The whole concatenation of wild and artificial things, the natural ecosystem as modified by people over the centuries, the build environment layered over layers, the eerie mix of sounds and smells and glimpses neither natural nor crafted- all of it is free for the taking, for the taking in. Take it, take it in, take in more every weekend, every day, and quickly it becomes the theater that intrigues, relaxes, fascinates, seduces, and above all expands any mind focused on it. Outside lies utterly ordinary space open to any casual explorer willing to find the extraordinary. Outside lies unprogrammed awareness that at times becomes directed serendipity. Outside lies magic.
John R. Stilgoe
Humanity is ONE. The moment you separate yourself from it, you are at odds with the propagation of world unity and peace. The moment you become a racist, anti-Muslim and other negative and divisive stance, you are a breaker, NOT A HEALER. IF you select and choose who you want to be with, CREATE a divide and talk ill of other faiths, race and culture, then you are a war-monger. War mongers are PEACE OUTCASTS. Constructive criticisms do not INTENTIONALLY DIVIDE. It constructs. But if you sow hatred, you are DESTRUCTIVE. You destroy humanity by your passion for disunity, intrigues, and collective hatred. ~~Princess Maleiha Bajunaid Candao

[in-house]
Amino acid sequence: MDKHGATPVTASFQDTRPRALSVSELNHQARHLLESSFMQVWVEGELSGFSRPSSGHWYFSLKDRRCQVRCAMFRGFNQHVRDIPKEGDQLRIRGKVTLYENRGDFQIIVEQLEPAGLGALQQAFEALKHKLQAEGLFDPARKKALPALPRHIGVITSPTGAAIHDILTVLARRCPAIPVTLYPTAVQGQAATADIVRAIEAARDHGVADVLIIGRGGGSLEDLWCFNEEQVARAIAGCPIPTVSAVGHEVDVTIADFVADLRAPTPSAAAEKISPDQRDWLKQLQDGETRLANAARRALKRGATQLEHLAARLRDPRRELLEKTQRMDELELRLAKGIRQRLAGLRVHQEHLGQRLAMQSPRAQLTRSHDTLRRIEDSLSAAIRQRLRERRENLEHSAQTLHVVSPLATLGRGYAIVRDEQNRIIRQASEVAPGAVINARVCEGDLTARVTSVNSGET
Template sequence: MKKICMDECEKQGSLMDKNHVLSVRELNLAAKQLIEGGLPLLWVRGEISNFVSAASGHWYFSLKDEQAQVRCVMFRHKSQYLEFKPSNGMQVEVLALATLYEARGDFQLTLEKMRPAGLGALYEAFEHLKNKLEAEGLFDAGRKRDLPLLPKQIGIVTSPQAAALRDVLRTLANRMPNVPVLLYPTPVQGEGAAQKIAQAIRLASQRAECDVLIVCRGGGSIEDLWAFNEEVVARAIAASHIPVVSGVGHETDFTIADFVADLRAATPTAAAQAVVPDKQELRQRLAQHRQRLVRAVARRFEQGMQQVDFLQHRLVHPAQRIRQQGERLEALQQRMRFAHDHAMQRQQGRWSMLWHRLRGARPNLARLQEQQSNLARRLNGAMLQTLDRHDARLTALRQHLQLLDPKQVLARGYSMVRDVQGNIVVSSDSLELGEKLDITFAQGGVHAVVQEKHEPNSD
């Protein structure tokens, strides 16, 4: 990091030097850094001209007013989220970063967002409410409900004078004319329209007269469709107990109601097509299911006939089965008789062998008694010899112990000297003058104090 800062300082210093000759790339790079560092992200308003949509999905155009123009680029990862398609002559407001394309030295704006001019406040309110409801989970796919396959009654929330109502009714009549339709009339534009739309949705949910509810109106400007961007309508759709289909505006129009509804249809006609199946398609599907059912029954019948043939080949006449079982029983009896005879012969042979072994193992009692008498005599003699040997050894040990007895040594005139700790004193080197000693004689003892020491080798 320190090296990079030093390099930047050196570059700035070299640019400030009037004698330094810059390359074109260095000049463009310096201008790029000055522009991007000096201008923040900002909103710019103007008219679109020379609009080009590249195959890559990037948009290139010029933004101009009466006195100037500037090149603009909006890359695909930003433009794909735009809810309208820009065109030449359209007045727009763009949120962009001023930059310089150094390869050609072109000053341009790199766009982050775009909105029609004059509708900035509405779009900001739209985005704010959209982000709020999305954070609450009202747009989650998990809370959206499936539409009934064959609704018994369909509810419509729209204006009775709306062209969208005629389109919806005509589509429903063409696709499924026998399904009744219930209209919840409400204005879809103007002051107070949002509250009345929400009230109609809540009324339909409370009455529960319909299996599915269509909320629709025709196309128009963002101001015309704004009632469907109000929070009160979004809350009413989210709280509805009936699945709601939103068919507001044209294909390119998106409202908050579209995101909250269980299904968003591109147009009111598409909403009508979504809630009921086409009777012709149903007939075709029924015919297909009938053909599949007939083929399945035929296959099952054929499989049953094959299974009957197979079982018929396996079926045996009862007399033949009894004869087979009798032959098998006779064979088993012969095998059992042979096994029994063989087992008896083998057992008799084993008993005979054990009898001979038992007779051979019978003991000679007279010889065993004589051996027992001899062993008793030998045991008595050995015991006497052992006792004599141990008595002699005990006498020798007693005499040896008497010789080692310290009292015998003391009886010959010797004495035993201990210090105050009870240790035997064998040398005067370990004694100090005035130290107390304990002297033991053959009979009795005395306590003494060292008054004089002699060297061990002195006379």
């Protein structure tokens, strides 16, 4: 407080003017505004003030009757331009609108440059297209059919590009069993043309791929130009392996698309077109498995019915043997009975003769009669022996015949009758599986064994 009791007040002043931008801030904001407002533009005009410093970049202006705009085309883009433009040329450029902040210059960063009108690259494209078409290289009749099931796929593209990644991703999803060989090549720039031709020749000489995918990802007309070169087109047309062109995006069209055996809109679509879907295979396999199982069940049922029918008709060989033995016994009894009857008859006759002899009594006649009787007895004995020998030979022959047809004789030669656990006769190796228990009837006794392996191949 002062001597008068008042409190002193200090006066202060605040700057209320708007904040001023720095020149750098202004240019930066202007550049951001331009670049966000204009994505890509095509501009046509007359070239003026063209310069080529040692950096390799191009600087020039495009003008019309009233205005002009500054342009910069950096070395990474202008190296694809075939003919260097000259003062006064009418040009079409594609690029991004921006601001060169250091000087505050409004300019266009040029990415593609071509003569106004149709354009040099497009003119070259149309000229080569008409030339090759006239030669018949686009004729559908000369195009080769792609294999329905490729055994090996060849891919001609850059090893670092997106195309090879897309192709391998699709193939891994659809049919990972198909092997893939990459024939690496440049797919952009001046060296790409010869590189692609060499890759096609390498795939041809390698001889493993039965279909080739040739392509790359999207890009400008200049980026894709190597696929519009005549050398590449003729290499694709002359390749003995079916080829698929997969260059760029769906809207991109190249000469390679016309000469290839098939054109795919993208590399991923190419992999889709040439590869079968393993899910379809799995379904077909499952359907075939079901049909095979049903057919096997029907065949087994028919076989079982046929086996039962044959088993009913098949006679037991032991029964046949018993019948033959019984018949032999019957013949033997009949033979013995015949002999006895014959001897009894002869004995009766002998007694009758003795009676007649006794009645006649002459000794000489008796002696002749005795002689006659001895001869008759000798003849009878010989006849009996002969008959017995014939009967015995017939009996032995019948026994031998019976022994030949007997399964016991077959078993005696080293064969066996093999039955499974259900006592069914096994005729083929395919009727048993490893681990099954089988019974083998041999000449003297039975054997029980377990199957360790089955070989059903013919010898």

Princess Maleiha Bajunaid Candao